Difference between Arrest and Custody?

Difference between Arrest and Custody?

The words custody and arrested are not synonymous terms. In every arrest, there is custody, but not vice versa. Arrest is a mode of formally taking a person in police custody. Whereas ‘custody ‘ merely denotes surveillance or restriction on the movement of the person concerned.

A person may be taken in custody completely or even partially. The concept of being in custody is, therefore, different from that of a formal arrest. Thus it would be seen that in every arrest there is custody but the converse is not true and as such, arrest and custody are not synonymous terms.

Kinds Of Law:- Procedural and Substantive Law- Our Legal World

Meaning of arrest –

Arrest with a warrant and without a warrant -There are two types of arrests which are as follows -1)  Arrest made in pursuance of a warrant issued by a magistrate and;
2)  Arrest made without such a warrant but made in accordance with some legal provision for meeting such an arrest.

Meaning of Custody – 

     Generally, the meaning of the custody is the charge and control of a person or item of property. Custody can be in relation to family law, property or in regards to a prisoner

Distinction/difference between arrest and custody

The Term Arrest is not defined either in the Code of Criminal Procedure Code or the Various Substantive Acts.  The word Arrest is derived from the French word ‘Arret’ which means “to stop or Stay”.
According to Section 27 of the Indian Evidence Act, 1872 the expression “in Custody” denotes Surveillance or restriction on the movements of the person connected.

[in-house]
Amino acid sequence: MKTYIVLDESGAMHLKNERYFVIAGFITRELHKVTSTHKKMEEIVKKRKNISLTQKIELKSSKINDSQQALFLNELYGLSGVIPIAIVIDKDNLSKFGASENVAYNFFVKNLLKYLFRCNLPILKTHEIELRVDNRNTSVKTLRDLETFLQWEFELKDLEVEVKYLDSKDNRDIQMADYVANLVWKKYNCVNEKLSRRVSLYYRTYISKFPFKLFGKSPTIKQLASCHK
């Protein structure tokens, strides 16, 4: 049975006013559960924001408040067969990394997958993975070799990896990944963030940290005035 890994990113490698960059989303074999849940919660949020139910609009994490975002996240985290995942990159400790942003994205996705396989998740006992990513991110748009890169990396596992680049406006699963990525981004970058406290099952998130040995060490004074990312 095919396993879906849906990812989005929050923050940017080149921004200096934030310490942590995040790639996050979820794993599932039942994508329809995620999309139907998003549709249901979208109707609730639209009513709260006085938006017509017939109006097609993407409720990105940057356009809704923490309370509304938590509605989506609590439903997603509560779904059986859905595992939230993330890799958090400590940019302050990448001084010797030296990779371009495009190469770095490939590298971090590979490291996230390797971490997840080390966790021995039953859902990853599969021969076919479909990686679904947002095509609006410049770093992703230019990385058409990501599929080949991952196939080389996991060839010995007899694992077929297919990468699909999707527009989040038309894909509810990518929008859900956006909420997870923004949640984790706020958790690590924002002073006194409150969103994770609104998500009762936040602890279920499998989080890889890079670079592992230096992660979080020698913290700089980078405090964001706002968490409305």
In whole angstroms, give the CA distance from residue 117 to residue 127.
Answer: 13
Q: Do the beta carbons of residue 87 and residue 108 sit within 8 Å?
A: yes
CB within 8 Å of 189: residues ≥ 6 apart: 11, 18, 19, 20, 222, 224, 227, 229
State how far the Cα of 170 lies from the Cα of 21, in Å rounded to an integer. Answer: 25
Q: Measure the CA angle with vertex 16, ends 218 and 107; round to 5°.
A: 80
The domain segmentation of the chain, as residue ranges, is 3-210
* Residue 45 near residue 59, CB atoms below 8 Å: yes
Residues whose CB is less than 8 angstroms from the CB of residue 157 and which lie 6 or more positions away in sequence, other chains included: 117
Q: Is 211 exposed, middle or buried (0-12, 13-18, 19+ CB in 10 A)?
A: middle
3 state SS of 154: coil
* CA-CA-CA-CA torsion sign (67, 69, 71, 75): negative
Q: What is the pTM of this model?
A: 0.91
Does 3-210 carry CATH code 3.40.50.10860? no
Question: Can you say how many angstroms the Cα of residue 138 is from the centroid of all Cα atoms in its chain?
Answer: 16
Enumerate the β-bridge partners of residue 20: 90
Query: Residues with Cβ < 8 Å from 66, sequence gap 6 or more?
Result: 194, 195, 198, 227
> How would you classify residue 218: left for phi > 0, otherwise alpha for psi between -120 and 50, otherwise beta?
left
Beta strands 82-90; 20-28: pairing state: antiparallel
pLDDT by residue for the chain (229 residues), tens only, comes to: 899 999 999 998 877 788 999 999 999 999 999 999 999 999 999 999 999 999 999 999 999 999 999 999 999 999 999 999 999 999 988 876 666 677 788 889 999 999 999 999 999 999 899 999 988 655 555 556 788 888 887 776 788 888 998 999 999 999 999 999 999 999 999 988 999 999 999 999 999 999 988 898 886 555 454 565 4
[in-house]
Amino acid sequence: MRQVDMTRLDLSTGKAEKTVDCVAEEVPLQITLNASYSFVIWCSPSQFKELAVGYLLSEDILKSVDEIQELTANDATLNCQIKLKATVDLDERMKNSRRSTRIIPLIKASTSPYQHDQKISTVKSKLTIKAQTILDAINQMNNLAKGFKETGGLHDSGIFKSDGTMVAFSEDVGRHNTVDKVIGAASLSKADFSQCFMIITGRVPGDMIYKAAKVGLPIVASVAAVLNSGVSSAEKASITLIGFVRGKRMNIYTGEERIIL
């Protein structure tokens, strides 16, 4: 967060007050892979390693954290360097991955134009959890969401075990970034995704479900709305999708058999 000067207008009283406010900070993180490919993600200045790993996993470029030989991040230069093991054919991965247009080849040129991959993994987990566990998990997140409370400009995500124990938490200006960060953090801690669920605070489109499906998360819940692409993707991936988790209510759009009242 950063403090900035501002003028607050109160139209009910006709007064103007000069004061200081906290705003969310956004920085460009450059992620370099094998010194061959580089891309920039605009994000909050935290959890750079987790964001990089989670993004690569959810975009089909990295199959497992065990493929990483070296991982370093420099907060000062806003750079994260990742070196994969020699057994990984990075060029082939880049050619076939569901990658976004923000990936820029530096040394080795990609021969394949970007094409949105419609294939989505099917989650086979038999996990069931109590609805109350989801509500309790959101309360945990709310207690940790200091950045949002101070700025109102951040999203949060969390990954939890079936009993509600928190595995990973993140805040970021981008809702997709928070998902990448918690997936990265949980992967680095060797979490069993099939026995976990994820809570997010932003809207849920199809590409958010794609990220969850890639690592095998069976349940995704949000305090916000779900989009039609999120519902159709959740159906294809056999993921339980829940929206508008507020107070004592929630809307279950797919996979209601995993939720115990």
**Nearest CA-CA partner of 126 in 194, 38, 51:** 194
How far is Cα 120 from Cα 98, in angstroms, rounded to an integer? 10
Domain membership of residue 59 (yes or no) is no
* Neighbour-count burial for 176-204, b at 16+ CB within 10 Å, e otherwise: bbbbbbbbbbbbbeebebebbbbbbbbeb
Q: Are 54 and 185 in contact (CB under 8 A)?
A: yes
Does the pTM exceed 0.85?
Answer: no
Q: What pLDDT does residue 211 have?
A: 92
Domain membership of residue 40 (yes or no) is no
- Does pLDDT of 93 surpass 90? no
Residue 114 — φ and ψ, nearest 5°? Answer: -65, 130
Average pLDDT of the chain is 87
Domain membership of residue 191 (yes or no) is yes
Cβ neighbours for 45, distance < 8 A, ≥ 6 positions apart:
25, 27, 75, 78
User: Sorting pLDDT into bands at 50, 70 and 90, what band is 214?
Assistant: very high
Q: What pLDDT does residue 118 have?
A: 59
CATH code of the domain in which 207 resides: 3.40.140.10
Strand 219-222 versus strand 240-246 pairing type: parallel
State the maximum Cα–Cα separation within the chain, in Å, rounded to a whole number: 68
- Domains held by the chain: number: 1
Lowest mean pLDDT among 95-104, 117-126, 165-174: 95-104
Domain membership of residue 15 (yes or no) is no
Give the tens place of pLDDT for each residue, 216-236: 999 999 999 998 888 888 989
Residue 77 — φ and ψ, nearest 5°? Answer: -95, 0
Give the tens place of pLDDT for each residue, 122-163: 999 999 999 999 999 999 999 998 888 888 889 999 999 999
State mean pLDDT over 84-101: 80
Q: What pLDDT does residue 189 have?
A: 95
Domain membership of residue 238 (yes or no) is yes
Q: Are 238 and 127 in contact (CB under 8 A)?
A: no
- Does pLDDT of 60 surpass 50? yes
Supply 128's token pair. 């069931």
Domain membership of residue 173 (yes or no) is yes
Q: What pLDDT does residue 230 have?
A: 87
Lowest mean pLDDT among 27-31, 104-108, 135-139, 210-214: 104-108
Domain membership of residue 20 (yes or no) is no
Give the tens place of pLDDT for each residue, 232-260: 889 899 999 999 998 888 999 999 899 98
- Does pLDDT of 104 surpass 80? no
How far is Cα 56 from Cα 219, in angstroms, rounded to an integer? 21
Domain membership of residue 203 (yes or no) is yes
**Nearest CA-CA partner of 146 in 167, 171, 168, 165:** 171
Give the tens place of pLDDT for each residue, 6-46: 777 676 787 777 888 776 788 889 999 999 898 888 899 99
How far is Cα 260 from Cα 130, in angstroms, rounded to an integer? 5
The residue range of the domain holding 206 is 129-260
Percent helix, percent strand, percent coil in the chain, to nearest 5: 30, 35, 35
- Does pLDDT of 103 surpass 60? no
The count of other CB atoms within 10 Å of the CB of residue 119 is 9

Meaning and Definition of Arrest – An arrest is a restraint of the Liberty of the Person. An arrest is the act of apprehending a person and taking them into custody, usually because they have been suspected of committing or planning a crime.
Meaning and Definition of Custody – Custody is the state of being guarded, or kept in prison temporarily, especially by the police. It is the legal right or duty to take care of somebody/ something
Every arrest is custody, but not Vice Versa
A custody may Amount to an arrest in certain cases but not in all cases.
In Central Bureau of Investigation, Special Investigation Cell-I, New Delhi v. Anupam J.Kulkarni (AIR 1992 SC 1768) the question regarding arrest & detention in custody was dealt with it was held that the Magistrate under S.167(2) can authorise the detention of the accused in such custody as he thinks fit but it should not exceed fifteen days in the whole. Therefore the custody initially should not exceed fifteen days in the whole. The custody can be police custody or judicial custody as the magistrate thinks fit.


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